In regions outside the Anglosphere where obesity and type-2 diabetes go unchecked, diets were not always so rich in calories. Nor were they so rich in heuristics (learning through trial and error; self discovery), nor in critical thinking, nor in the free exchange of ideas, all of which amounted to a kind of open-source software of philosophy to trump the jealously-guarded source code of truth that old elites held so stubbornly to for so long.

Through all the Jamie Oliveresque frustration at trying to convince the turkey-twizzling recalcitrants to switch to a diet of kale, goji berries and organic salmon, there is an electrical dialogue going on across hemispheres of the brain, as well as the planet. Some talk of divergent thinking about what constitutes thinking as a clash of civilisations. It’s as if the redoubtable Saladin himself had returned to meet Richard the Lionheart in the sequel to the Third Crusade. The battle for hearts and minds is more subtle than that and not always fought on the same front.

East is East and West is West, but in the classroom the twain has and shall continue to meet. When we consider the so-called civilising mission of the imperial British and French of the 19th century, their missionaries were the teaching task force. Then, as before and since, with trade and military intervention went the transmission and diffusion of the seller’s ideas into the buyer; the ruler’s weltanschauung onto the unwitting and often unenthusiastic subject. Preaching was teaching and teaching was the crucible of cultures. The philosophy of free trade went in lockstep with the philosophy of free thought although both had a chaining effect, as Gandhi beautifully exemplified by showing that Indian philosophy was every bit as enlightened and more as that of the British Raj. When delving into the dynamics of what happens when Western ways of critical reflection, relativism and self-awareness come flush against Arab absolutism or Chinese Confucianism, when we place the individualist against the collectivist, only then does indoctrination/ enlightenment/transmission, whatever you choose to call it, become apparent as a process. The process is both two-way and convoluted. Thinking across cultures therefore reveals more sequences than an improvised dance troupe, and more patterns than a thick book of carpet samples.

Can an old dog be taught new tricks? Why would he want to? Banging one’s head against a blank wall because others don’t see your point of turning truth in on itself brings a smile on the faces of the politely detached. The smiles, for all we know, could be inane grins revealing the tensions of smuggling critical and reflective intellectual practice through the back door while operating a strict autocratic code at the front. That polite detachment, for all we know, could be the embarrassment-cum-denial of farting on public transport. Inscrutable as that look is, inscrutable as these exotic creatures are, the critical thinker in there says, this has got to be cognitive dissonance in its manifest form. Look, they are thrown by the confusion of holding opposing values of tradition and modernity as simultaneously true. On their gormless faces is the priceless visage of someone whose left and right hemisphere has been cleaved in half. Surely, their culture is anoxic. Where is the oxygen of free, unhindered thinking? Have wings will fly; have knuckles, will drag.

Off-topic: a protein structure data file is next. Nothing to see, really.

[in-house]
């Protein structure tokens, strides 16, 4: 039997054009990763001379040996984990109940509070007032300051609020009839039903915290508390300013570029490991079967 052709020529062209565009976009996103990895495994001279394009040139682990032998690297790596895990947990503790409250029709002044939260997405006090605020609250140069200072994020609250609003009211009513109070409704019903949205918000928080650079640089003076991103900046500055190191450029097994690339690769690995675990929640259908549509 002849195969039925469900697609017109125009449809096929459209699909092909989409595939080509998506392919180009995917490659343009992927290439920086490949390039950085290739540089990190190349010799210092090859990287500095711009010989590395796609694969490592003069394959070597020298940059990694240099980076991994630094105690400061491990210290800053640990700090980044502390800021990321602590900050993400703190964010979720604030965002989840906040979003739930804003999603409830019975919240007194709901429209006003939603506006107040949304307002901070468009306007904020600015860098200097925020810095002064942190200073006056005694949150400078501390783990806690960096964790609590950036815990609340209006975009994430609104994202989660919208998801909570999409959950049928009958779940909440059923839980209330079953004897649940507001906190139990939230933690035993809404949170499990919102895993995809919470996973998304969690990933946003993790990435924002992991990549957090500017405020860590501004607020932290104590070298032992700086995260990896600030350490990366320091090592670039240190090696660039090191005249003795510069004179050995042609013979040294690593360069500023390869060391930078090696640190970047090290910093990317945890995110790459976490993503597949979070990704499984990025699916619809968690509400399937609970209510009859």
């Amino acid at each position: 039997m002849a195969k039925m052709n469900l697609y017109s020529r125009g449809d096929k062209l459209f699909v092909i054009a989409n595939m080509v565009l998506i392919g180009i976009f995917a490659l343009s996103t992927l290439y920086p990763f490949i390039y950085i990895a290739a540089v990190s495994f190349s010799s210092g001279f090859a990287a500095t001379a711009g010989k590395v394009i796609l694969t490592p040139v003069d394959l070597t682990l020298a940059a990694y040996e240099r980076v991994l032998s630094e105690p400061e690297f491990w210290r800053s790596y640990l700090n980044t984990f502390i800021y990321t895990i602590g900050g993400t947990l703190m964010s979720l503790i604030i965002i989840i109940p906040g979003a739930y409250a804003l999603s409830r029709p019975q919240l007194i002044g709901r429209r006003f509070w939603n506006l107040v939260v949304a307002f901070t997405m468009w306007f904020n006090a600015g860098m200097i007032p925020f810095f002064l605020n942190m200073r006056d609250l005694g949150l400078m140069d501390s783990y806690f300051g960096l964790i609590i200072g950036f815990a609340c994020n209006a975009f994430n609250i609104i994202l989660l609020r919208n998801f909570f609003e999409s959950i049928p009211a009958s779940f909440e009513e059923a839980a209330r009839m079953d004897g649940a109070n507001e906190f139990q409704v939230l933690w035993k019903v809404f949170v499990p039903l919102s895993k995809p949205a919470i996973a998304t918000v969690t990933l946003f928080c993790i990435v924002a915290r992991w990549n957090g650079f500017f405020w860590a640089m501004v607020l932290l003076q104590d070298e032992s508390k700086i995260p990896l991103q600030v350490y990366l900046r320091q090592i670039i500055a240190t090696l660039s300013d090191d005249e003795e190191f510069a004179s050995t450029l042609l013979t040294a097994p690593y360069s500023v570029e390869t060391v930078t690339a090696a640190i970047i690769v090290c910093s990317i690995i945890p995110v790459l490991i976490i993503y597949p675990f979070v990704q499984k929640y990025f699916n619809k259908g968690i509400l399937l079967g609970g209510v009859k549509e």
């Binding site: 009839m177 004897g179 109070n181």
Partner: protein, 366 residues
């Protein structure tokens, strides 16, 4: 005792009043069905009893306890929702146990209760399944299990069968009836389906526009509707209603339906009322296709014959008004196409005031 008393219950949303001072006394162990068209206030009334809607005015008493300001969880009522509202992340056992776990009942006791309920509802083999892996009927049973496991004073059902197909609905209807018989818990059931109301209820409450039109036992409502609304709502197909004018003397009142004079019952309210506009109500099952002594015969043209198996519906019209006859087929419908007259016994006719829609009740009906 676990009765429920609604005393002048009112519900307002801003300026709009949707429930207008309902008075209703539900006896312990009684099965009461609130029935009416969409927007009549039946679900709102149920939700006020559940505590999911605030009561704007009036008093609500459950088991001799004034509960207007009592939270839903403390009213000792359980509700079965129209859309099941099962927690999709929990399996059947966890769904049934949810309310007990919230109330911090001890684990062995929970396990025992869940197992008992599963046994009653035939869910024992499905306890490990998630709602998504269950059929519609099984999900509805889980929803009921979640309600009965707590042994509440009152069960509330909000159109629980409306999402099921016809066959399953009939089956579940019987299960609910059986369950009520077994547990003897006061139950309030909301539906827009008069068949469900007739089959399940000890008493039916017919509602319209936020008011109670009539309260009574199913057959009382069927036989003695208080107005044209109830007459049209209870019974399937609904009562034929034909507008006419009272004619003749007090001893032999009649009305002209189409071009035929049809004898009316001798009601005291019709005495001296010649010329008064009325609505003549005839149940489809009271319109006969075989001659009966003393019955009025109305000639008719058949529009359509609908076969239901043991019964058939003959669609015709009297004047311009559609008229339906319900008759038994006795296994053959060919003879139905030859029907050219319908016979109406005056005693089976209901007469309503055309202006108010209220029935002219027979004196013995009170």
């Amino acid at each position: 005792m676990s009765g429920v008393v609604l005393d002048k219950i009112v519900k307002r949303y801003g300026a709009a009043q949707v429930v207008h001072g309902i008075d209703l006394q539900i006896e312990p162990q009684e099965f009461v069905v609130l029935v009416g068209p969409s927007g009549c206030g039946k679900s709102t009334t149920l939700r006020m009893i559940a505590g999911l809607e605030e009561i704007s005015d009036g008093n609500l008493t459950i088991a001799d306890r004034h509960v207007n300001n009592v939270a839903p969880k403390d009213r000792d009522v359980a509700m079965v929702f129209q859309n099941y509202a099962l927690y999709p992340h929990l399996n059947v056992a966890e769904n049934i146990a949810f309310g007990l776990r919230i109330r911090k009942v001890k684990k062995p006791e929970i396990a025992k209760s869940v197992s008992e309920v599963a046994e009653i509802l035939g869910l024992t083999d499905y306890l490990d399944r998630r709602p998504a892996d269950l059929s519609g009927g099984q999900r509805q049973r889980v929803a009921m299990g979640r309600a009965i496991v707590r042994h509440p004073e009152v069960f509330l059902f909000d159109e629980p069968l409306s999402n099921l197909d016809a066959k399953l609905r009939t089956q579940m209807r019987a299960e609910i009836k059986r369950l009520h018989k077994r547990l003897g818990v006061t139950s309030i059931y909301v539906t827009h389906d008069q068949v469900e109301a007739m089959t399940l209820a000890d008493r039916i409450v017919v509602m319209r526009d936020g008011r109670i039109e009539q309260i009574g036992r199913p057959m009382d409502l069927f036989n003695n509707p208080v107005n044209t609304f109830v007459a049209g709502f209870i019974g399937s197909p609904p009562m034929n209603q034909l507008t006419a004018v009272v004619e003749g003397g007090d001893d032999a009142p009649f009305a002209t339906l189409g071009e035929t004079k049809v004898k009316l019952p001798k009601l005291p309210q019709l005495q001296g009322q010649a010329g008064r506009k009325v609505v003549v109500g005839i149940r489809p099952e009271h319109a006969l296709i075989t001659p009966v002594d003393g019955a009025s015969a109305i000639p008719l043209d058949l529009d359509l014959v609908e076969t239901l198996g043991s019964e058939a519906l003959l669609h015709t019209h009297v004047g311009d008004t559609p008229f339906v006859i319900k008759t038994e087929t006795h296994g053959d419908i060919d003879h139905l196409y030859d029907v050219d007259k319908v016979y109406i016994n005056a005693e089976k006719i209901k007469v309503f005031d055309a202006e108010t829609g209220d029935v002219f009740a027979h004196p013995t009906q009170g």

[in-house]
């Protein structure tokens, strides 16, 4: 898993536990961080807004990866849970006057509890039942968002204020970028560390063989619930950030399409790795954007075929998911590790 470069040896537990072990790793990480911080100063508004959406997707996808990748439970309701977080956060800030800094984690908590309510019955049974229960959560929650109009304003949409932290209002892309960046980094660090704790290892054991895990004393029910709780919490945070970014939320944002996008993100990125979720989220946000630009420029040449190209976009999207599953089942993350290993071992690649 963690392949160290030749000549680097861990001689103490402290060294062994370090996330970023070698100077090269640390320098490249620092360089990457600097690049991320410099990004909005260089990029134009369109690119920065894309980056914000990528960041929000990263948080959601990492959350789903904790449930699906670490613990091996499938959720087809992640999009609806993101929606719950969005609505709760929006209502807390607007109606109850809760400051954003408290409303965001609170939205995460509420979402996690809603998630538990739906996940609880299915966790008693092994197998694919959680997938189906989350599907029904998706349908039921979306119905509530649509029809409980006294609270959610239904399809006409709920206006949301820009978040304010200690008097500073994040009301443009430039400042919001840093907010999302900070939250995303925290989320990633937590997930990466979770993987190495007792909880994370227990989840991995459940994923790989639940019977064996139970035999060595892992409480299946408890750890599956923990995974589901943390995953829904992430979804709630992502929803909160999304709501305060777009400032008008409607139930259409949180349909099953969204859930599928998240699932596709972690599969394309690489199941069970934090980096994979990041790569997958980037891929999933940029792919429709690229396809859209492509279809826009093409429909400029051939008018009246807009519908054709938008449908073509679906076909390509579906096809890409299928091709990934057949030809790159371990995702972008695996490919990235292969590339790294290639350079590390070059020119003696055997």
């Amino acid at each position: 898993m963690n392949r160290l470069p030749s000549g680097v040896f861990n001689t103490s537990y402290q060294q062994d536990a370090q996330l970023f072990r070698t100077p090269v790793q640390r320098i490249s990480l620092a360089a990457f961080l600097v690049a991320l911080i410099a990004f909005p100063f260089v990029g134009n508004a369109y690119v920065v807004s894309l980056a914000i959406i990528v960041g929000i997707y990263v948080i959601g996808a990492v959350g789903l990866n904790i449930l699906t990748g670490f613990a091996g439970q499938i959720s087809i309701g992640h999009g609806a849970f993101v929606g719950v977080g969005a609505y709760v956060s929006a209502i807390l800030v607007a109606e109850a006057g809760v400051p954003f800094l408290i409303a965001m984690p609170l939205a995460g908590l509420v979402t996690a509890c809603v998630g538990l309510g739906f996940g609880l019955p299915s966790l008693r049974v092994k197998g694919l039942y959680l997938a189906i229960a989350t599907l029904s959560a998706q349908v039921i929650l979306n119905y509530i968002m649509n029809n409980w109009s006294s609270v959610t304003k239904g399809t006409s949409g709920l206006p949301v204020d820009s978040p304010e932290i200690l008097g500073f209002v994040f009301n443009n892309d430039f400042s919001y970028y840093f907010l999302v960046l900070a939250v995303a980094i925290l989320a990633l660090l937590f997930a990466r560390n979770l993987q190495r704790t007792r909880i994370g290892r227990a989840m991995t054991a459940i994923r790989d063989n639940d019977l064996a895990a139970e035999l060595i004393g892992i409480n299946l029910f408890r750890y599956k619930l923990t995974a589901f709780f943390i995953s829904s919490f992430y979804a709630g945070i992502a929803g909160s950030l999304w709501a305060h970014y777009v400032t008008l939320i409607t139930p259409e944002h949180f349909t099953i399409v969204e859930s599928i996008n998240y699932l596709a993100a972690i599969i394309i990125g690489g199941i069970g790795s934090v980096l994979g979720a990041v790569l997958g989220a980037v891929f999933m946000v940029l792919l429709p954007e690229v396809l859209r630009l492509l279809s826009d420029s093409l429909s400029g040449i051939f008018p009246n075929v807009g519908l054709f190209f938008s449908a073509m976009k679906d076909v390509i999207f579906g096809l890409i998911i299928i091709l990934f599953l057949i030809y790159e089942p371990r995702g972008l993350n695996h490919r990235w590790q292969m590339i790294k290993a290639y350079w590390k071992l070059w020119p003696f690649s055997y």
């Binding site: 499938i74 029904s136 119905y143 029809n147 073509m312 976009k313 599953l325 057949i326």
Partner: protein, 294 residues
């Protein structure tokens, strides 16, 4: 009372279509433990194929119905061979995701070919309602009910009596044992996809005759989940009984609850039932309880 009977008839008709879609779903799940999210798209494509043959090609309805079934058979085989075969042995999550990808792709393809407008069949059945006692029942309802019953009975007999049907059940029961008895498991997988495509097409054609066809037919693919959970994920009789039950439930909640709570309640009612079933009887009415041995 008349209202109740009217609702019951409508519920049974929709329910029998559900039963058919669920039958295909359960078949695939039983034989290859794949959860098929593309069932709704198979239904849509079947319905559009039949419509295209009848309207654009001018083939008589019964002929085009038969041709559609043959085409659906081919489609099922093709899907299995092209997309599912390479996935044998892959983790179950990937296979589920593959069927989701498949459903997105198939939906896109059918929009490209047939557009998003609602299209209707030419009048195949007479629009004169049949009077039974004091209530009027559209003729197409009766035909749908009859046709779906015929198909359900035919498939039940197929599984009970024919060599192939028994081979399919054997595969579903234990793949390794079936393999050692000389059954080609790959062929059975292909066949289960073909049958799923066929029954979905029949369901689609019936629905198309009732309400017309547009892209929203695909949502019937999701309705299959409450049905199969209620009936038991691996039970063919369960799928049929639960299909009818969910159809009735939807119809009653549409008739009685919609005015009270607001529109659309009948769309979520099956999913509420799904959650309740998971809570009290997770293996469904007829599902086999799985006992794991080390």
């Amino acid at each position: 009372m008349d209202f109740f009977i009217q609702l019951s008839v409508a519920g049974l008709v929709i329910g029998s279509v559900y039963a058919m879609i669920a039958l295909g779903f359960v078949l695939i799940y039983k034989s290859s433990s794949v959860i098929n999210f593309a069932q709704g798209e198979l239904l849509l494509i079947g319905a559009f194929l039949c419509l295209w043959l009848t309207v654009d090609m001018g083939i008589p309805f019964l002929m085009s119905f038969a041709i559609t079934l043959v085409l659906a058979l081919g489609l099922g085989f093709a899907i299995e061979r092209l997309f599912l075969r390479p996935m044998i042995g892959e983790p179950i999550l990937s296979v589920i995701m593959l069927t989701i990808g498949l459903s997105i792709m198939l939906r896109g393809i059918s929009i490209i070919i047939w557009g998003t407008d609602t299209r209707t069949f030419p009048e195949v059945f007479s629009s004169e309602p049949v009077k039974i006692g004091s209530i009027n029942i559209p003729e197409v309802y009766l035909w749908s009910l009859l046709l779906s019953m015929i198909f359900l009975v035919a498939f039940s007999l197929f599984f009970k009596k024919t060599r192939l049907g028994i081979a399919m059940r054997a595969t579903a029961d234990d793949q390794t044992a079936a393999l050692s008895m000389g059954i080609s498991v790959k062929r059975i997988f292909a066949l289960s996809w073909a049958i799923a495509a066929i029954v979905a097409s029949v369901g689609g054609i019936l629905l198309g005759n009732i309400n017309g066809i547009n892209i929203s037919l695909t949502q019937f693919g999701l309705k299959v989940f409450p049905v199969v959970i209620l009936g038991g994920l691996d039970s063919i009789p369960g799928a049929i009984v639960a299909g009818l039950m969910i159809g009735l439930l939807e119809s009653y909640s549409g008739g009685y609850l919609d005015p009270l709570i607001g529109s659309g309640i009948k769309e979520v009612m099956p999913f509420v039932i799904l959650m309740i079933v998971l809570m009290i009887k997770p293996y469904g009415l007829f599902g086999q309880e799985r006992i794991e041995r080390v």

And then the thought arrives: what if the reason these heavenly creatures are so joyful, the reason they laugh and smile with such sense of abandon, is because they are the ones whom knowledge has set free? Unlike the critical analyst, plagued by doubts, chained to uncertainty, floating aimlessly outside the box, maybe it is they who rejoice in the security of the box, and in the certainty of a knowledge that is immutable and unchanging as the book itself. Who needs doubters when everyone knows that when a tree falls in a forest it makes the sound of millions of hands clapping. There is solace is knowing what you know.

What the halal is going on? The tables have turned.

Who has the cognitive dissonance now?

 

 

Three Guesses As To What Really Matters

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Suffering from another paroxysm of doubt – a bobbing on the big sea moment – Tolstoy seemed the natural choice of port for the Gen X refugee to find anchorage in. Let it be known not only common folk or mendicant monks seek to know what really matters. Kings, too, have tipped their crown in neediness of an answer to the big three – 1) When is the right time to do the right thing? 2) Whom is considered most worthy of being the beneficiary of that right thing? And, 3), what is that right thing to do in life above all other right things? If Christ could do it on a bike, and Hindus on their hands and knees around the Holy Mountain, then Arthurian types can go in search of answers, too, finding them planted in unlikely soil.

What is the right thing to do, when is the right moment to do it, and with whom should it be done? Are such questions that go to the heart of the matter to be considered existential conundrums unlike any other? Who can tell. At least, with Tolstoy we have an agony uncle worthy of trust. Let’s face it, rules are rules. Fables, myths and necromancy when they come, come packaged not into ones, not twos but threes.

Three the magic number: three wishes; three wise men; three wise monkeys; three fates, furies and graces; three the number of intelligence in the Kabbalah; the father, son and the holy ghost; Great Pyramids; the belt of Orion; three of a kind; three chances to put things right.